“One must become a sea to receive a polluted river without becoming unclean.” –Nietzsche
I have had a number of disappointments in the last few days. Friends who have let me down, an organization I belong to treating me shabbily and then there’s always the evil in Washington, not only making policies that will make innocent people suffer and even die, but the extra layer of those smirk smiles of Trump and Ryan when legislation is passed by their morally bankrupt criminal partners disguised as public servants. How to cope?
Nietzsche got it right. The only thing that ever has helped me is to grow larger than my small identity so that the barbs and arrows and slings of outrageous fortune don’t sting as much. The toxins in the polluted river are still there, but the larger sea has some capacity to absorb them. While still writing letters to Congress to stop dumping in the rivers. I never want to dismiss that side of things, but also know that hoping for change on the political level will not solve the larger issues of betrayal and hurt and being shattered by one’s own disappointments. The work has to happen on multiple levels and the one most in our control and ultimately most effective is to decline getting too involved in the small battles and choose the hardest struggle of fighting with one’s own demons and conversing with one’s own gods.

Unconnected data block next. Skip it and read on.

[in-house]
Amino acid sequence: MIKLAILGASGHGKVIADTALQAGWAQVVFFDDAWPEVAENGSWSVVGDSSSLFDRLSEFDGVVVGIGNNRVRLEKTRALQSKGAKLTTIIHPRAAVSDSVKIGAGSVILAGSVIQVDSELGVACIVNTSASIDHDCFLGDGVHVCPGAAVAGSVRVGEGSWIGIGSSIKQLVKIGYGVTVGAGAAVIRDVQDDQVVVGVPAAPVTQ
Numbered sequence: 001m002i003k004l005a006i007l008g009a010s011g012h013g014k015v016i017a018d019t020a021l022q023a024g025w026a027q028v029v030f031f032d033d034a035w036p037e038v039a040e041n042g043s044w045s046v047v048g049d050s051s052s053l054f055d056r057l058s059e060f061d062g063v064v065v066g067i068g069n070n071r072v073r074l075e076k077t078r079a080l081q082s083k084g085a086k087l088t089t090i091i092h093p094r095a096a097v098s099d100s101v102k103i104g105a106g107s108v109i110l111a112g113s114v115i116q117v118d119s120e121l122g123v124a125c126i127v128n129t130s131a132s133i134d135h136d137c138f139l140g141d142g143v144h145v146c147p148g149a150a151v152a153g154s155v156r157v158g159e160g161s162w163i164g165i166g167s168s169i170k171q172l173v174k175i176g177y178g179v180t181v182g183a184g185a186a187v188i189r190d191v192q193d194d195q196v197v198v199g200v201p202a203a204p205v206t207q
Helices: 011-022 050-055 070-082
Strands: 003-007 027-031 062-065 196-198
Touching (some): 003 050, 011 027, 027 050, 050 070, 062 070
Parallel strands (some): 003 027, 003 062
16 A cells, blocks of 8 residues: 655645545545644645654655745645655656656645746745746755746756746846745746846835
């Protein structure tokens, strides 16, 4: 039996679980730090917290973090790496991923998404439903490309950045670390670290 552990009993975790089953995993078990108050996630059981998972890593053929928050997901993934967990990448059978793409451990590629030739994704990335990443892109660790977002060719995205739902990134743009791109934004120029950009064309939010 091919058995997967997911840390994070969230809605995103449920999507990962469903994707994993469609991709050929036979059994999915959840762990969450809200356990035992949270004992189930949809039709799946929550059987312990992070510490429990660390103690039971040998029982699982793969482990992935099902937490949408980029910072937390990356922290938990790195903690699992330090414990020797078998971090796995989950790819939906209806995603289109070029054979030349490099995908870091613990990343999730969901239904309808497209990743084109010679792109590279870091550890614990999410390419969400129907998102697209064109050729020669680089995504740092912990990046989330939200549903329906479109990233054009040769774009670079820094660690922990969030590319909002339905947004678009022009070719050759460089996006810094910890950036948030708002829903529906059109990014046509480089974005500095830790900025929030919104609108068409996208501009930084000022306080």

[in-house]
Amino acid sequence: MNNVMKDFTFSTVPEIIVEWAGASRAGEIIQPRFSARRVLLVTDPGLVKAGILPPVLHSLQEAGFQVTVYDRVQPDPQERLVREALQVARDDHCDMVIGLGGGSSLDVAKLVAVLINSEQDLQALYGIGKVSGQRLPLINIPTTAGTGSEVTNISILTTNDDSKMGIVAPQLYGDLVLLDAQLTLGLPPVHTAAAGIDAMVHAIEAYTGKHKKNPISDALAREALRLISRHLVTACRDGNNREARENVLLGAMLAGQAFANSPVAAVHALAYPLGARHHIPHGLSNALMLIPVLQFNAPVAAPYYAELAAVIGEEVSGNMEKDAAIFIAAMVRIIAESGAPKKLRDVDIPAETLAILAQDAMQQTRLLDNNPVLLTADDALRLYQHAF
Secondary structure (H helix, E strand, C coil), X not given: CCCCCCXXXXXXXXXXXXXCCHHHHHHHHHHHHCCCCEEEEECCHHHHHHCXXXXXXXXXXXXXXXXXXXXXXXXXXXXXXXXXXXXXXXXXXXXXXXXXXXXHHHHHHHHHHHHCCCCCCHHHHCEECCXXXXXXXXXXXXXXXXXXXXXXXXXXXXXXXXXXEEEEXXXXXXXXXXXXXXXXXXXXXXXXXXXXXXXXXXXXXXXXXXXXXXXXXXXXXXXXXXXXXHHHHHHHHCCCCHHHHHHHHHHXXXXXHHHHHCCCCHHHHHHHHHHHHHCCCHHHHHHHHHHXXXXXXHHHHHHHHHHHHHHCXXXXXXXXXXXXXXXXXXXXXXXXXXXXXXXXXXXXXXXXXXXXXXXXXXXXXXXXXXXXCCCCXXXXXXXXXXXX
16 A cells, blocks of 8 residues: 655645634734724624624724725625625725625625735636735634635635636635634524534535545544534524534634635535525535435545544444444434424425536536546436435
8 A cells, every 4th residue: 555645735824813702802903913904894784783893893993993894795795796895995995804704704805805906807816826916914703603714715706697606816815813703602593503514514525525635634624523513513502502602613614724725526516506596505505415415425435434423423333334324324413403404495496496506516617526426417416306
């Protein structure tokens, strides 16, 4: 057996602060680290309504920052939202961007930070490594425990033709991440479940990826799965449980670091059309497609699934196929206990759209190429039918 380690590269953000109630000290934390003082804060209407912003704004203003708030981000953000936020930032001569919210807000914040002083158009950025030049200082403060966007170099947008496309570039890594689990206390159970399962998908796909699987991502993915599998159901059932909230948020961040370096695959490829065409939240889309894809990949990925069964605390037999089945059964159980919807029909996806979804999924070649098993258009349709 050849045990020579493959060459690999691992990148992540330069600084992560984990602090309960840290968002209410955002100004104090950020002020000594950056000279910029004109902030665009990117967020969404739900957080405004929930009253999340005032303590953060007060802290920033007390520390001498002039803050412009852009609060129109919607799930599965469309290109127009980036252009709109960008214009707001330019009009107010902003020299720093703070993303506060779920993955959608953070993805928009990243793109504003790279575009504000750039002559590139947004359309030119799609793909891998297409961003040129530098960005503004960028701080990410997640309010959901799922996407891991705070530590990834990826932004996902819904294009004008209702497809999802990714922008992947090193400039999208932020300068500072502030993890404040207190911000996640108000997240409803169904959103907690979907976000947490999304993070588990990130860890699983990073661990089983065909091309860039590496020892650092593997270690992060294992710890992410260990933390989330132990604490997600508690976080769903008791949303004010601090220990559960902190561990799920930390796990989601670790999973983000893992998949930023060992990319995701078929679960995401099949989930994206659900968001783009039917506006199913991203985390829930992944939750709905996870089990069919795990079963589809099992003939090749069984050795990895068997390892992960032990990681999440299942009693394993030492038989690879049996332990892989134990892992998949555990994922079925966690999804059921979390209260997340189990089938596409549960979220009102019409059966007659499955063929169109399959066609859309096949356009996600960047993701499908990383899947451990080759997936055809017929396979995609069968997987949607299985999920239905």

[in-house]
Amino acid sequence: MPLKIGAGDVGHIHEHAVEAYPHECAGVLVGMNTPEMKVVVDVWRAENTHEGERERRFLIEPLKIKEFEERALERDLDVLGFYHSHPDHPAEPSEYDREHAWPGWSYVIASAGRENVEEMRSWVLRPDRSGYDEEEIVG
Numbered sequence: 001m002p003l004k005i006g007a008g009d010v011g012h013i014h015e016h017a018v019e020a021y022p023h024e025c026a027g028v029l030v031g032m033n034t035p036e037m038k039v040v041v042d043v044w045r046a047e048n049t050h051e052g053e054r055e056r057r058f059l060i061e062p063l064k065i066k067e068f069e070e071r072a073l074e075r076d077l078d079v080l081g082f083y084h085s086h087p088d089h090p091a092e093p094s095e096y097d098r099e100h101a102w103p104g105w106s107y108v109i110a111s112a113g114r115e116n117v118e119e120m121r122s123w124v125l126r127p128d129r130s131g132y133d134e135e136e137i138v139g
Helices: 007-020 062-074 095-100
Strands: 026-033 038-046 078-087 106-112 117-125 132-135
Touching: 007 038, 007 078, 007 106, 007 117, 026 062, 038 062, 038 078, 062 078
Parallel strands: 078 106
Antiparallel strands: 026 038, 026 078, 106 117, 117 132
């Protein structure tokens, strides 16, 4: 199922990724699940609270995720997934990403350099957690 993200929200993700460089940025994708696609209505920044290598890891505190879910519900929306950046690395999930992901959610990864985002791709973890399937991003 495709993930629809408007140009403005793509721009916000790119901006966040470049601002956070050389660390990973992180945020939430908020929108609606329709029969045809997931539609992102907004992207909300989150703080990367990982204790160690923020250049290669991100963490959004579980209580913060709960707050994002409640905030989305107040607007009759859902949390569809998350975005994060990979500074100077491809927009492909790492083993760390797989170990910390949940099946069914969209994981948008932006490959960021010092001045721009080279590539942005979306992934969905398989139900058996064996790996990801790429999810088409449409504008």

One of my favorite poems by Rilke (The Man Watching) says it clearly:
What we choose to fight is so tiny!
What fights with us is so great…
When we win it’s with small things
And the triumph itself makes us small…
This is how (we) grow: by being defeated, decisively,
By constantly greater beings.
And Nietzsche again:
There is more valor when one refrains and passes by, in order to save oneself for the worthier enemy.
So instead of fretting with my small disappointments, I turn to do battle with that worthiest of enemies, jazz piano. Tonight I will perform and share my decisive defeat (but glorious!) with a room of 15 people in a House Concert. If all goes well, we all will become large enough for an hour or so to bear up under the constant assault of this thing called living and float in the larger sea of our hope and beauty.